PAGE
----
The Amazon Kindle Fire gets listed in the same column as the rest of the Android tablets, but it’s worth remembering that it’s a highly customized version of Android and works differently than the rest. Take the silent auto-updates for example – the Fire will install the latest available firmware version 6.2.1 without asking, which will break root and make the tablet immune to SuperOneClick rooting.
The update does bring several goodies, the most valuable of which is probably the ability to remove items from the homescreen carousel. The update also improves scrolling performance and adds the option to lock Wi-Fi access with a password (as a sort of child lock).
As for geeks who want to keep their root, make sure you don’t connect to a Wi-Fi network or the Kindle Fire will fetch and install the update in the background.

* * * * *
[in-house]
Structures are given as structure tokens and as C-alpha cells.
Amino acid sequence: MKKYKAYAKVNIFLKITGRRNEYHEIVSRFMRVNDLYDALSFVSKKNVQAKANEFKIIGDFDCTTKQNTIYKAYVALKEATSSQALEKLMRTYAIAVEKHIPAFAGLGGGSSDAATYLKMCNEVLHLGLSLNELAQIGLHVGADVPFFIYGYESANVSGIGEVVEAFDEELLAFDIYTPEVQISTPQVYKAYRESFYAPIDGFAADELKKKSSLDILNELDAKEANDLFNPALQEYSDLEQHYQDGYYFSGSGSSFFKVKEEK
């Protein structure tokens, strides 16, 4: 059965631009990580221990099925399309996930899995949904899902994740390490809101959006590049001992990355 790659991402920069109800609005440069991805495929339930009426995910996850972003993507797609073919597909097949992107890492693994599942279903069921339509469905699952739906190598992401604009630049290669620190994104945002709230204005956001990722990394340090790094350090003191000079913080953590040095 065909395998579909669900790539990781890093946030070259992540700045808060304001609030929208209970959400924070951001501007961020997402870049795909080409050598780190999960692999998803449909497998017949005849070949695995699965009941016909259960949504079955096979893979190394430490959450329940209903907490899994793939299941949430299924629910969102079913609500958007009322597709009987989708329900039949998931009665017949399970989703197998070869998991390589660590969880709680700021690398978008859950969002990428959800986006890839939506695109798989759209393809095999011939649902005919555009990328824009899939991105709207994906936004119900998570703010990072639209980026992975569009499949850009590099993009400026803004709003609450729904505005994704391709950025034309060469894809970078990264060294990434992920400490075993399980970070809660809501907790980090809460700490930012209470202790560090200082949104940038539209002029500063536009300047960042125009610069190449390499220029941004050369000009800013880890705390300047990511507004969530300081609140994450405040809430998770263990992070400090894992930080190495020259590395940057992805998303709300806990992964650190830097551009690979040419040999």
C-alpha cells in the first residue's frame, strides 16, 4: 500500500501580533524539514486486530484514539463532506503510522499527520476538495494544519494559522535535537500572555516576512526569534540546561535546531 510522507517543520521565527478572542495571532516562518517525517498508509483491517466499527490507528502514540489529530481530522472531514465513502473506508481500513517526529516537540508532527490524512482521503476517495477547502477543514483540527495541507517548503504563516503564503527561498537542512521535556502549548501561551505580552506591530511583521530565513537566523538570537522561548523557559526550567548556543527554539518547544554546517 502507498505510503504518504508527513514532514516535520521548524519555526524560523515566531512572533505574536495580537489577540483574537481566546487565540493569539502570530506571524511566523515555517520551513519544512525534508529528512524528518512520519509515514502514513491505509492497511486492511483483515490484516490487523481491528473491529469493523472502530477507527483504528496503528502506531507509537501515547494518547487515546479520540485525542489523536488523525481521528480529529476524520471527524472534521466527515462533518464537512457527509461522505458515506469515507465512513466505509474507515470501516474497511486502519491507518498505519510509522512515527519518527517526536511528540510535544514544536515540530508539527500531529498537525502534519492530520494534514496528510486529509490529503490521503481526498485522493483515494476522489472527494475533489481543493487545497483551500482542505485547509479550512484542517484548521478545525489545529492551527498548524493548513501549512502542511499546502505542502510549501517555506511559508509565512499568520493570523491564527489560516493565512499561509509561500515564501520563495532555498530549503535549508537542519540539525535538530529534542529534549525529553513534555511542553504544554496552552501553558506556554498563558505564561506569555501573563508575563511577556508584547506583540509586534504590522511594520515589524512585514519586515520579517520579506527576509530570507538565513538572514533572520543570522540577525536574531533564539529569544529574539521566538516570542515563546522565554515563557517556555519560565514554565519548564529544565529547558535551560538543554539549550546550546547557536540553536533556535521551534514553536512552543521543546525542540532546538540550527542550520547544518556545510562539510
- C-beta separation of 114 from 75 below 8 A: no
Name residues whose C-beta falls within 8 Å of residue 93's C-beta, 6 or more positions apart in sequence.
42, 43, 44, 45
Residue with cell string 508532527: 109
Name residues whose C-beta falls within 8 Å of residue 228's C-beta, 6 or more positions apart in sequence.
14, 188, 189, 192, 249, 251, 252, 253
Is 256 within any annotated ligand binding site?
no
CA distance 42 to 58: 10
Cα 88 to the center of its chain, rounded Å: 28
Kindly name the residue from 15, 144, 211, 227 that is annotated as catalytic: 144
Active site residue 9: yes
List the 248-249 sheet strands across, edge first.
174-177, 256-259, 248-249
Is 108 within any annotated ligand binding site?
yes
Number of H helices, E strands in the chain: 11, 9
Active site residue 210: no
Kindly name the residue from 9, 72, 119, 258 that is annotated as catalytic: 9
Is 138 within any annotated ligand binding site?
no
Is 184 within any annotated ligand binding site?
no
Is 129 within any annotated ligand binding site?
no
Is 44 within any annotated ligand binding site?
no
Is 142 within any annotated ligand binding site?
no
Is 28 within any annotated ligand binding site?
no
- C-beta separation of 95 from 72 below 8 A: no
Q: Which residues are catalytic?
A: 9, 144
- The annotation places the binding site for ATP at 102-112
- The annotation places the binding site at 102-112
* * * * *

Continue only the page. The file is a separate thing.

Several potential fixes have been offered by the XDA-Developers forum posters – moving to CyanogenMod 7, removing (or simply renaming) OTASilentInstall.apk and restarting, modifying the hosts file to point Amazon’s update servers to localhost.
You can read up on that over at the forum thread.
On a related note, the Amazon Kindle Fire seems to be an increasingly popular web browsing device as recent ad impressions study by Millennial Media (the largest independent mobile ad network) suggests. The number of impressions has been growing by 19% a day since the Fire’s launch.
While ad impressions don’t directly relate to the number of actual users of the tablet, the sheer increase in the number of impressions (even bigger than the iPad’s back when it was launched) shows the Kindle Fire is on a roll.
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